Visible focus


When focused, all actionable and focusable elements must have a visible state change.


Visible focus helps all users track where they are within the content. Sighted keyboard and switch device users track progress as they navigate focusable elements, similar to using a remote control with a TV interface. Touch users also receive confirmation that an element is interactive.

Visible focus states happen when hover, focus or touch interactions occur. Do not depend on a browser's default visible states for hover, focus, or touch, as they may not work with the design. Do not inadvertently remove any default visible states for hover, focus, or touch unless providing an alternative. The visible focus state for all three interactions may look the same.

Hover, focus and touch states should not be used to convey information that is not available elsewhere.


iOS provides visible state change for elements when input is provided by the onscreen keyboard.

Focus for other actionable and focusable elements is provided by Voice Over via assistive technology.

Accessibility focus is determined by the property which is provided for all subclasses of UIView. Ensure that objects do not override the visual focus indication or set the accessibilityFrame property to nil.

iOS example

// gbutton is a simulated button to provide accessible touch to a graph. It has already been initialized as a UIAccessibilityElement
gbutton.accessibilityLabel = NSLocalizedString(@"1st quarter results", @"Button title");
gbutton.accessiiblityTraits = UIAccessibilityTraitButton;
gbutton.accessiiblityFrame = CGRectMake(x, y, w, h); // We set the accessibilityFrame here so we know where the object is and can draw a focus rectangle around it.                        
// gbutton is a simulated button to provide accessible touch to a graph. It has already been initialized as a UIAccessibilityElement, button title not translateable
gbutton.accessibilityLabel = @"1st quarter results";
gbutton.accessiblityTraits = UIAccessibilityTraitButton;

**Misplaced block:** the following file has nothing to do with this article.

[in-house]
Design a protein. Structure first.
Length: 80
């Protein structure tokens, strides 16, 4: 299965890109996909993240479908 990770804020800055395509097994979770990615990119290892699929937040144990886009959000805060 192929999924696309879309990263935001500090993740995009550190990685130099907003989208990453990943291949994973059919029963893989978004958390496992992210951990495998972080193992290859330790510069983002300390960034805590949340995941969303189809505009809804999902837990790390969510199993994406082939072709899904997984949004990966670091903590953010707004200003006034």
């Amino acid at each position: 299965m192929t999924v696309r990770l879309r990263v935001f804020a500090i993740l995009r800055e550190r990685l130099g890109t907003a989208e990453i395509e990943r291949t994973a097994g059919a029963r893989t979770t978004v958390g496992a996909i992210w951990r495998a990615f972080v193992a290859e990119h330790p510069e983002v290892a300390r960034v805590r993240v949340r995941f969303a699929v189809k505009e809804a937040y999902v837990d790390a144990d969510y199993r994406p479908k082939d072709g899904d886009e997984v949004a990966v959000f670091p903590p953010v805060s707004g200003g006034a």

gbutton.accessiiblityFrame = nil;                        


Developers should provide a visible indication when an element has focus. This is done by default for standard elements but for custom elements that have their own style sheets the focus style must be set in the style sheet when state_focused="true".

Android example

// A custom element that is drawn differently when it has focus via the stylesheet
<CustomButton android:layout_height="wrap_content" android:layout_width="wrap_content" android:background="@drawable/my_button"></CustomButton>

// the my_button.xml file in res/drawable
<selector xmlns:android="">
    <item android:state_focused="true" android:drawable="@android:drawable/btn_default_focused"></item>
    <item android:drawable="@drawable/btn_default_my"></item>
//A custom element that is only drawn one way
<CustomButton android:layout_height="wrap_content" android:layout_width="wrap_content" android:background="@drawable/my_button"></CustomButton>

//the my_button.xml file in res/drawable
<selector xmlns:android="">
    <item android:drawable="@drawable/btn_default_my">


By default, standard HTML elements have a visual focus indicator provided by the browser. Therefore all links and focusable elements must not have their outline suppressed via CSS changes with the :focus pseudo class or the outline property unless a custom focus is provided. If using a custom focus give elements the same visible focus on :focus as on :hover and provide visible focus for form fields.

Note, mobile browsers don't have good support for the CSS pseudo property hover.

HTML example

<!-- example 1, no CSS property changes will automatically produce desired visual focus in supporting user agents-->
<a href="..."> Next </a>

<!-- example 2, use of the CSS outline property -->
<style type="text/css">
a {
 outline: black dotted thin;
<a href="..."> Next </a>                        
<style type="text/css">
a {
 outline: none;
<a href="..."> Next </a>                        



  1. Navigate through the active on-screen components.
  2. For each active element that receives focus:
    - Verify where the text input location is;
    - Verify that the focus location is indicated at all times and follows traversal of the user interface;
    - Verify that the focus indicator can be clearly distinguished from other on-screen elements.

The following is true:

  • The text input location is indicated;
  • When switching page tabs, the focused tab is indicated visually and announced by a screen reader;
  • The object, element, or control that has focus is indicated in a clear, visually distinguishable manner that meets the colour contrast requirements.